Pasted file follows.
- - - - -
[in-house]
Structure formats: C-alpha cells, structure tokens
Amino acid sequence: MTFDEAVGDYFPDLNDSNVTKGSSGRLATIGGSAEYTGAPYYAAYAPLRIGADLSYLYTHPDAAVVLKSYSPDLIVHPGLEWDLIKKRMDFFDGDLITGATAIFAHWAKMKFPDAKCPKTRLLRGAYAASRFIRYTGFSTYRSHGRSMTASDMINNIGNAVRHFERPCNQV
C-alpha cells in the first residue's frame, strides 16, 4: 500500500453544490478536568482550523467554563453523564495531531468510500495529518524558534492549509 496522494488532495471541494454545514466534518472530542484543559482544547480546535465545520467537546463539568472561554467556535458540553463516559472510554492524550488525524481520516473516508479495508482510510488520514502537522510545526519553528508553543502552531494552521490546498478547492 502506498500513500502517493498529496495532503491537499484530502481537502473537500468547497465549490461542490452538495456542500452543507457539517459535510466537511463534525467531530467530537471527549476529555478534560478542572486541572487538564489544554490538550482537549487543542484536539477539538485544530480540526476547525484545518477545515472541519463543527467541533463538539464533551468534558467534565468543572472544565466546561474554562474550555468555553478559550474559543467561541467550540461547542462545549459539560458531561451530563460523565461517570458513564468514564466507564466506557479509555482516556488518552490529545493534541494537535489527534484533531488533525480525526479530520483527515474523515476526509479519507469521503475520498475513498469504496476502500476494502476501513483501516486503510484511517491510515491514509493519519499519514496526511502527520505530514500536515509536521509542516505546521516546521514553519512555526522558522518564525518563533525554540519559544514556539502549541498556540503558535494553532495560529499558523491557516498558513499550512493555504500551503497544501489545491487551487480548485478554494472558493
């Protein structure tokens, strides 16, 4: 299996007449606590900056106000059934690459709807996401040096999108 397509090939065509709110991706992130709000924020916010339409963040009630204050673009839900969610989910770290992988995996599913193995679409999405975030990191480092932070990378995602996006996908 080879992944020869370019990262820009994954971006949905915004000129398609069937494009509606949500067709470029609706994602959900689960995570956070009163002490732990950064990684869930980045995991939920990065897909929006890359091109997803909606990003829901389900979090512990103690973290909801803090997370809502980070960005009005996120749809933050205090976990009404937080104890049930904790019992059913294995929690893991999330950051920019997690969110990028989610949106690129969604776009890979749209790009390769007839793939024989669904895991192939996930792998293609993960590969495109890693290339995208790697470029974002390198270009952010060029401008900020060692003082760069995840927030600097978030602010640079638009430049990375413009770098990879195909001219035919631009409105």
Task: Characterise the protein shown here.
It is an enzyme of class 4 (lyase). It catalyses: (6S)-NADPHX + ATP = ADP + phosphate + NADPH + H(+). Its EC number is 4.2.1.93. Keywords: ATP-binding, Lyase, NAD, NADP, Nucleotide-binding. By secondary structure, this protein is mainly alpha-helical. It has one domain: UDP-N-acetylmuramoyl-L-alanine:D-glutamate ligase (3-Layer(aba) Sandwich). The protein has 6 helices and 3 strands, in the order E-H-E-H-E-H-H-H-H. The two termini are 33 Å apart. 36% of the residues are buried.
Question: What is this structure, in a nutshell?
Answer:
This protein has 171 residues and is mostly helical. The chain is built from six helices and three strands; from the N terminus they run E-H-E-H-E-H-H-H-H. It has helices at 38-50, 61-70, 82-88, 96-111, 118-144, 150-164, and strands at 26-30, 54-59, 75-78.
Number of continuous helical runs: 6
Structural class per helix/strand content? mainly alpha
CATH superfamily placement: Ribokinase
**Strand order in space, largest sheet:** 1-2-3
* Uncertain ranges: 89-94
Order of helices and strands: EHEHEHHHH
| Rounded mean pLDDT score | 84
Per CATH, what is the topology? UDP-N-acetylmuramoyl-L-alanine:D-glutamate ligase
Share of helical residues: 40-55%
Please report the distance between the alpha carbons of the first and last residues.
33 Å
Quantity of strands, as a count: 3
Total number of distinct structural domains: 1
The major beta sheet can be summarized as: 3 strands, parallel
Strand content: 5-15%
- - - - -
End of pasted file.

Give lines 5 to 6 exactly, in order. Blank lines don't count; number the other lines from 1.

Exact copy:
């Protein structure tokens, strides 16, 4: 299996007449606590900056106000059934690459709807996401040096999108 397509090939065509709110991706992130709000924020916010339409963040009630204050673009839900969610989910770290992988995996599913193995679409999405975030990191480092932070990378995602996006996908 080879992944020869370019990262820009994954971006949905915004000129398609069937494009509606949500067709470029609706994602959900689960995570956070009163002490732990950064990684869930980045995991939920990065897909929006890359091109997803909606990003829901389900979090512990103690973290909801803090997370809502980070960005009005996120749809933050205090976990009404937080104890049930904790019992059913294995929690893991999330950051920019997690969110990028989610949106690129969604776009890979749209790009390769007839793939024989669904895991192939996930792998293609993960590969495109890693290339995208790697470029974002390198270009952010060029401008900020060692003082760069995840927030600097978030602010640079638009430049990375413009770098990879195909001219035919631009409105």
Task: Characterise the protein shown here.